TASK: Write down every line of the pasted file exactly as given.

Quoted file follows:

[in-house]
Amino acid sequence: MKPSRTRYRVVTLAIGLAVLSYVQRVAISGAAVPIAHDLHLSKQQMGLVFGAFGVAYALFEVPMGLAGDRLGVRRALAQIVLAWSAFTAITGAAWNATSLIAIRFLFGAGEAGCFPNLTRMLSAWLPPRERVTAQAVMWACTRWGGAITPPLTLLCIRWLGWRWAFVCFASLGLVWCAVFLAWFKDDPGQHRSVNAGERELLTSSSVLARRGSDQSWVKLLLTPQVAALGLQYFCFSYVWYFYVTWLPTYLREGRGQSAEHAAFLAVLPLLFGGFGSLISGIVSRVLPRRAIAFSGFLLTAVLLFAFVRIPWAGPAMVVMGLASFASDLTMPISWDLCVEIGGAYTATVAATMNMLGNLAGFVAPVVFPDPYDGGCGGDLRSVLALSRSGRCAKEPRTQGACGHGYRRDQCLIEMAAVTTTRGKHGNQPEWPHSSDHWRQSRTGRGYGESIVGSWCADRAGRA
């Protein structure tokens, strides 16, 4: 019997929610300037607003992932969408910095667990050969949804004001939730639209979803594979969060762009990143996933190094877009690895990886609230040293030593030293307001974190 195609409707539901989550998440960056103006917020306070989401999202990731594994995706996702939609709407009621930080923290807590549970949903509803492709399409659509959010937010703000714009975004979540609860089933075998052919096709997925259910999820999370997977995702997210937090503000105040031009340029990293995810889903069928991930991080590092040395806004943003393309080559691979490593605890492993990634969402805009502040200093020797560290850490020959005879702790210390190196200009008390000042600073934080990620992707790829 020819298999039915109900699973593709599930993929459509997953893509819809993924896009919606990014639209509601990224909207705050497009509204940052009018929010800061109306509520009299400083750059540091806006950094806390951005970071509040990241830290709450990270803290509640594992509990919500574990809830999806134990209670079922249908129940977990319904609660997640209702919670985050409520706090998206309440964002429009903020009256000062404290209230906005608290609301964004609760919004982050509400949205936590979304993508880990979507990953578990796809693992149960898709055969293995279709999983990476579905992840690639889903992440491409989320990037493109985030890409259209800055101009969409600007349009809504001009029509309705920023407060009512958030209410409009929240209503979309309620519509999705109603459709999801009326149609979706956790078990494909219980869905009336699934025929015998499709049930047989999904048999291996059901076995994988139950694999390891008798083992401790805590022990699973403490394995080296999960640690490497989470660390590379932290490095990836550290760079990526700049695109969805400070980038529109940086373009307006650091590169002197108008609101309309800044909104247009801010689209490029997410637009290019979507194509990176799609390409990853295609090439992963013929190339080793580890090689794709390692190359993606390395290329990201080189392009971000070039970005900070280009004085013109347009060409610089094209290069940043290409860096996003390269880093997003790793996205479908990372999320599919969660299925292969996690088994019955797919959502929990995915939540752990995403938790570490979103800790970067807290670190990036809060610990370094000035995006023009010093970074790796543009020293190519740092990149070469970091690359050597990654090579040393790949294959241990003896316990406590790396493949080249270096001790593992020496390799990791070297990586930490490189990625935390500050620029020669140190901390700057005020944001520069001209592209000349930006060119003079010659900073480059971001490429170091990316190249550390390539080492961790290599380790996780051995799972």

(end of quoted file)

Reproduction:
[in-house]
Amino acid sequence: MKPSRTRYRVVTLAIGLAVLSYVQRVAISGAAVPIAHDLHLSKQQMGLVFGAFGVAYALFEVPMGLAGDRLGVRRALAQIVLAWSAFTAITGAAWNATSLIAIRFLFGAGEAGCFPNLTRMLSAWLPPRERVTAQAVMWACTRWGGAITPPLTLLCIRWLGWRWAFVCFASLGLVWCAVFLAWFKDDPGQHRSVNAGERELLTSSSVLARRGSDQSWVKLLLTPQVAALGLQYFCFSYVWYFYVTWLPTYLREGRGQSAEHAAFLAVLPLLFGGFGSLISGIVSRVLPRRAIAFSGFLLTAVLLFAFVRIPWAGPAMVVMGLASFASDLTMPISWDLCVEIGGAYTATVAATMNMLGNLAGFVAPVVFPDPYDGGCGGDLRSVLALSRSGRCAKEPRTQGACGHGYRRDQCLIEMAAVTTTRGKHGNQPEWPHSSDHWRQSRTGRGYGESIVGSWCADRAGRA
């Protein structure tokens, strides 16, 4: 019997929610300037607003992932969408910095667990050969949804004001939730639209979803594979969060762009990143996933190094877009690895990886609230040293030593030293307001974190 195609409707539901989550998440960056103006917020306070989401999202990731594994995706996702939609709407009621930080923290807590549970949903509803492709399409659509959010937010703000714009975004979540609860089933075998052919096709997925259910999820999370997977995702997210937090503000105040031009340029990293995810889903069928991930991080590092040395806004943003393309080559691979490593605890492993990634969402805009502040200093020797560290850490020959005879702790210390190196200009008390000042600073934080990620992707790829 020819298999039915109900699973593709599930993929459509997953893509819809993924896009919606990014639209509601990224909207705050497009509204940052009018929010800061109306509520009299400083750059540091806006950094806390951005970071509040990241830290709450990270803290509640594992509990919500574990809830999806134990209670079922249908129940977990319904609660997640209702919670985050409520706090998206309440964002429009903020009256000062404290209230906005608290609301964004609760919004982050509400949205936590979304993508880990979507990953578990796809693992149960898709055969293995279709999983990476579905992840690639889903992440491409989320990037493109985030890409259209800055101009969409600007349009809504001009029509309705920023407060009512958030209410409009929240209503979309309620519509999705109603459709999801009326149609979706956790078990494909219980869905009336699934025929015998499709049930047989999904048999291996059901076995994988139950694999390891008798083992401790805590022990699973403490394995080296999960640690490497989470660390590379932290490095990836550290760079990526700049695109969805400070980038529109940086373009307006650091590169002197108008609101309309800044909104247009801010689209490029997410637009290019979507194509990176799609390409990853295609090439992963013929190339080793580890090689794709390692190359993606390395290329990201080189392009971000070039970005900070280009004085013109347009060409610089094209290069940043290409860096996003390269880093997003790793996205479908990372999320599919969660299925292969996690088994019955797919959502929990995915939540752990995403938790570490979103800790970067807290670190990036809060610990370094000035995006023009010093970074790796543009020293190519740092990149070469970091690359050597990654090579040393790949294959241990003896316990406590790396493949080249270096001790593992020496390799990791070297990586930490490189990625935390500050620029020669140190901390700057005020944001520069001209592209000349930006060119003079010659900073480059971001490429170091990316190249550390390539080492961790290599380790996780051995799972």